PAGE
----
Category Archives: Eli Rabett

Just because the data lies some times doesn’t mean it’s okay to censor it

Or, there’s no such thing as an outlier … Eli put up a post titled “The Data Lies. The Crisis in Observational Science and the Virtue of Strong Theory” at his lagomorph blog. Think of it: Data lying. Obviously this … Continue reading

Posted in Akaike Information Criterion, American Association for the Advancement of Science, American Meteorological Association, American Statistical Association, AMETSOC, Anthropocene, Bayes, Bayesian, climate, climate change, climate models, data science, dynamical systems, ecology, Eli Rabett, environment, Ethan Deyle, George Sughihara, Hao Ye, Hyper Anthropocene, information theoretic statistics, IPCC, Kalman filter, kriging, Lenny Smith, maximum likelihood, model comparison, model-free forecasting, physics, quantitative ecology, random walk processes, random walks, science, smart data, state-space models, statistics, Takens embedding theorem, the right to know, Timothy Lenton, Victor Brovkin | 1 Comment

Yes, I will be marching for Science in Boston

Like many, including Eli Rabett, I will be marching for Science in April, on Earth Day. My march will be part of the Boston march. Why? Because Science has been and is my life, and it always has been, and … Continue reading

Posted in American Association for the Advancement of Science, American Meteorological Association, American Statistical Association, AMETSOC, astronomy, astrophysics, Carl Sagan, climate, Climate Lab Book, ecology, Eli Rabett, engineering, fluid dynamics, geophysics, hydrology, marine biology, meteorology, physics, population biology, Principles of Planetary Climate, reason, science, Scripps Institution of Oceanography, theoretical physics, thermodynamics, WHOI, Woods Hole Oceanographic Institution, XKCD | Leave a comment

You really can’t go home again: An update of “Getting back to 350 ppm CO2 …”

I have made an important update to an earlier post here, Getting back to 350 ppm CO2: You can’t go home again. The message, essentially based upon recent work Tokarska and Zickfield on one hand, and by The Global Carbon … Continue reading

Posted in American Association for the Advancement of Science, Anthropocene, bridge to nowhere, Buckminster Fuller, Carbon Cycle, carbon dioxide, carbon dioxide capture, Carbon Worshipers, clear air capture of carbon dioxide, climate, climate business, climate change, climate data, climate disruption, climate economics, David Archer, diffusion, diffusion processes, ecological services, Eli Rabett, engineering, environment, fossil fuel divestment, fossil fuel infrastructure, fossil fuels, games of chance, geoengineering, geophysics, Glen Peters, Global Carbon Project, global warming, greenhouse gases, Hyper Anthropocene, Principles of Planetary Climate, Ray Pierrehumbert, science, Spaceship Earth, Susan Solomon, Svante Arrhenius, the tragedy of our present civilization, Tokarska and Zickfield, Wordpress, zero carbon | Leave a comment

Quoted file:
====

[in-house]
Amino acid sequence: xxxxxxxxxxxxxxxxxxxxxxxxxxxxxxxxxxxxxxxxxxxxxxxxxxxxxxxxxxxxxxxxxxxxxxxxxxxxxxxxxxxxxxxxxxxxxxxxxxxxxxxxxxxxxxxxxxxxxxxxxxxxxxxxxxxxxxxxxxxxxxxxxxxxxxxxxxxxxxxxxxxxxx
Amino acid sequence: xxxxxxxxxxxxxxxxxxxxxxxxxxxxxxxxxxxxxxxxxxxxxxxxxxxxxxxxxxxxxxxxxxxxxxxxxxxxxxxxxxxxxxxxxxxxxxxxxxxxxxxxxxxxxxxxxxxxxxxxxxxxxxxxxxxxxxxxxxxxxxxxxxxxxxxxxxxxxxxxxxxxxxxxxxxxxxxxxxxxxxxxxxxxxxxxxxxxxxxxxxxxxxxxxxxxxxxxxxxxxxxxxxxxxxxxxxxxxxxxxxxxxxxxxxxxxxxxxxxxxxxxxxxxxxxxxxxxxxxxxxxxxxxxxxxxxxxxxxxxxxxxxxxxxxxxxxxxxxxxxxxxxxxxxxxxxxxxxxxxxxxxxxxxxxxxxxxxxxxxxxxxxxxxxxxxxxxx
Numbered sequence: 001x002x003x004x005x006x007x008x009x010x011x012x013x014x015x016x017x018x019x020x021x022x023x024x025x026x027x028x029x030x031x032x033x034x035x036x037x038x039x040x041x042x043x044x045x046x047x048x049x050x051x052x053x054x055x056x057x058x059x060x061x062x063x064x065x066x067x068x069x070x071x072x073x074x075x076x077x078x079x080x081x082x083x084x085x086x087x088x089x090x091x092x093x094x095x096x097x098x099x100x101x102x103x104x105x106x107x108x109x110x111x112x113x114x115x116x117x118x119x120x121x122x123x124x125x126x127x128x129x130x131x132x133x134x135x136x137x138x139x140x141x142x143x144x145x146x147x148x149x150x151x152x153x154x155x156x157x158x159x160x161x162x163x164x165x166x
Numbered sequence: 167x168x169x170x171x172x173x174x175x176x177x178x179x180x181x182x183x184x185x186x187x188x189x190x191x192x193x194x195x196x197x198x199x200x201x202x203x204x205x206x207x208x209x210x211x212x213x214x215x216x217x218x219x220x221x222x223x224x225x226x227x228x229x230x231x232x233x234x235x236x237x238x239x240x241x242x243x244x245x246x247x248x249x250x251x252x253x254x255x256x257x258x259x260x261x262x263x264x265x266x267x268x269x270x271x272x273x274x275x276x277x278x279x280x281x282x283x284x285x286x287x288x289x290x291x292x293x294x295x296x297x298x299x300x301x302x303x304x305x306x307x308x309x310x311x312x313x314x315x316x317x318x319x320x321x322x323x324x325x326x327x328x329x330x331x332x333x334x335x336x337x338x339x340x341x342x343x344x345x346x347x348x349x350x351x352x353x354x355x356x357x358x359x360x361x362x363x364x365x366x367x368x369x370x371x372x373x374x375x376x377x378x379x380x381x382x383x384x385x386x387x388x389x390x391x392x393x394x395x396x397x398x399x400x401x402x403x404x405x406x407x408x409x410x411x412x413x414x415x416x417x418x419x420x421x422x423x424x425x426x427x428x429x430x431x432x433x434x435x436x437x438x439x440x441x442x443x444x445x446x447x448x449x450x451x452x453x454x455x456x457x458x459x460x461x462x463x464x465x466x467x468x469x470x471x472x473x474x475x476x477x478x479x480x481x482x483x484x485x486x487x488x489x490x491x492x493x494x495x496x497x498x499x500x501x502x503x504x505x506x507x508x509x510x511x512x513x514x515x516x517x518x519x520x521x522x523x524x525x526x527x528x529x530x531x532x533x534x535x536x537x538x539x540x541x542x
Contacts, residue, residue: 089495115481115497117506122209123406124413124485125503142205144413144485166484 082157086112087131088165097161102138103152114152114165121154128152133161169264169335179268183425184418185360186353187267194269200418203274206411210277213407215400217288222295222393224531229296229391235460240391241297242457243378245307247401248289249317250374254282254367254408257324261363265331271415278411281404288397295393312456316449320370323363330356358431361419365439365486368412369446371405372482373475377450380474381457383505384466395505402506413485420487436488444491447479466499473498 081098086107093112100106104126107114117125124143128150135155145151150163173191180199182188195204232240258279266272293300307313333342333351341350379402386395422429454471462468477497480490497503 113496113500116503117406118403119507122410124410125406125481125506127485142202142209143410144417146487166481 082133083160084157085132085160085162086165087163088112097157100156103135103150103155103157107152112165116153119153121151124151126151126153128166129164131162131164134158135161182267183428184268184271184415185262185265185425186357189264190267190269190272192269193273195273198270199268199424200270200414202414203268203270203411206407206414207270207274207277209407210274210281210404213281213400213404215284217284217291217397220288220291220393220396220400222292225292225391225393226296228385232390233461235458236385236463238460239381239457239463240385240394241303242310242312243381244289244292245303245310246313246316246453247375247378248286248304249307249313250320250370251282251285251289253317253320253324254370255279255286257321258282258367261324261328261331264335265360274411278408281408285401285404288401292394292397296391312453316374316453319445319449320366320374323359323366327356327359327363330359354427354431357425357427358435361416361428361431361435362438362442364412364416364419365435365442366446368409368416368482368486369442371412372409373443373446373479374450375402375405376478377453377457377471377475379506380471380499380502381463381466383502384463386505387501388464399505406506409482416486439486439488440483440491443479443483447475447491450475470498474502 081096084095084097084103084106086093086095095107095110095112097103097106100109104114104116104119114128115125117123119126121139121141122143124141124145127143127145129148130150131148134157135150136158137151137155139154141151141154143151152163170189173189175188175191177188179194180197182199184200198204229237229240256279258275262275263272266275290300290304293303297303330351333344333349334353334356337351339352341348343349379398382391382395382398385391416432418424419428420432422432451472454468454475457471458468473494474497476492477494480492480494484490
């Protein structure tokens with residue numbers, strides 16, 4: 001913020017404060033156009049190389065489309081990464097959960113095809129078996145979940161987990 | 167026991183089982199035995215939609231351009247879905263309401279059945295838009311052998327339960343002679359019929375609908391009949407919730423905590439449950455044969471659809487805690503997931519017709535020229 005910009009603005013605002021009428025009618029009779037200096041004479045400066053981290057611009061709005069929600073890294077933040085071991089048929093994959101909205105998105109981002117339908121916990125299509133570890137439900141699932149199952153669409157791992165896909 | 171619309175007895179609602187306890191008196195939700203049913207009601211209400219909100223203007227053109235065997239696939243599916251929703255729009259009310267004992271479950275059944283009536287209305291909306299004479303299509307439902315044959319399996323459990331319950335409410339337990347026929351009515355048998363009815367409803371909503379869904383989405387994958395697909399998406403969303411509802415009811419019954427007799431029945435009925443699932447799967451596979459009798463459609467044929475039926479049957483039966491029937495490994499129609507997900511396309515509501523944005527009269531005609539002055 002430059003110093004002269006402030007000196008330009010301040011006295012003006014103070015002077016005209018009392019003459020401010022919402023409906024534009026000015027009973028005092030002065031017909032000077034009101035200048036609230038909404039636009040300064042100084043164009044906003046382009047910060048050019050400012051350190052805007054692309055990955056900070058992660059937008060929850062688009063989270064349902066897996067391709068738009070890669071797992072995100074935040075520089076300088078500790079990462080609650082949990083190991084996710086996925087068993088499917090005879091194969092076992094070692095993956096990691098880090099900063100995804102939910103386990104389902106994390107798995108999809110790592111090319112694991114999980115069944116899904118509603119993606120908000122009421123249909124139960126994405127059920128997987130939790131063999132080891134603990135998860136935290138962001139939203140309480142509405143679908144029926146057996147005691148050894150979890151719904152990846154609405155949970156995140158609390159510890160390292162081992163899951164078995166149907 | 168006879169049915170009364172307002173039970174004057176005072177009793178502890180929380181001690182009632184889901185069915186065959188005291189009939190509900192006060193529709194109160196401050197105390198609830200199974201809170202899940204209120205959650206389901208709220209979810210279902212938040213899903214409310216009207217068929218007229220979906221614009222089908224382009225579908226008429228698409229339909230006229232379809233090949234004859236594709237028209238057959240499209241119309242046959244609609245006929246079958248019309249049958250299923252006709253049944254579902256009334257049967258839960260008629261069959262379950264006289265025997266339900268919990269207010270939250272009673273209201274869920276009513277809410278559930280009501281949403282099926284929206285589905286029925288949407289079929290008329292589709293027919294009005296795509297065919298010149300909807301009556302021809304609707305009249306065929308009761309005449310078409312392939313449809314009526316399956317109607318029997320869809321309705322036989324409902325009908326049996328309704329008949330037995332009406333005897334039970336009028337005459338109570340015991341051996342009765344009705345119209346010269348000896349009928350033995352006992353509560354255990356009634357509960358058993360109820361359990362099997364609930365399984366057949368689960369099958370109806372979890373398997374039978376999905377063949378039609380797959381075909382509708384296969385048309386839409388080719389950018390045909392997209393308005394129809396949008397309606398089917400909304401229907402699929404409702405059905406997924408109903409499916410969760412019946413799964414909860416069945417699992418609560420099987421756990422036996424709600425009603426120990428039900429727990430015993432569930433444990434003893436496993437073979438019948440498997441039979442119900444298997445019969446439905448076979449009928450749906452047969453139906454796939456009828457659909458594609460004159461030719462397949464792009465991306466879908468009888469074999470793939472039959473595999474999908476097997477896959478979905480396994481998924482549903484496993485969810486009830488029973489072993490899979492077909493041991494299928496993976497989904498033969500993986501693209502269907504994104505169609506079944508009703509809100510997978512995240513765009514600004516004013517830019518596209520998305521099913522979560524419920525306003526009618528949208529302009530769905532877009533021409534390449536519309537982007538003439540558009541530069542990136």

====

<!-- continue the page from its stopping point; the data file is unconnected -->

From the New York Times: Hat tip to Eli at Rabett Run.

Posted in adaptation, Anthropocene, Bloomberg New Energy Finance, BNEF, Buckminster Fuller, decentralized electric power generation, decentralized energy, distributed generation, ecology, electricity, electricity markets, Eli Rabett, energy, energy utilities, engineering, environment, Epcot, grid defection, Hermann Scheer, Hyper Anthropocene, investment in wind and solar energy, Mark Jacobson, solar domination, solar energy, solar power,, Spaceship Earth, zero carbon | 1 Comment

“Number density, not mixing ratio”, from Eli

From this post: There is a cute little number called Loschmidt, the number of molecules in a cubic meter of air at 1 atm and 0° C, 2.6867774(47) x 1025 molecules/m3 … Eli Rabett provides a neat way to see … Continue reading

Posted in astrophysics, Boltzmann, carbon dioxide, chemistry, climate, climate change, climate disruption, climate education, Eli Rabett, environment, evidence, geophysics, global warming, Loschmidt, meteorology, methane, physics, Principles of Planetary Climate, science, theoretical physics, thermodynamics | Leave a comment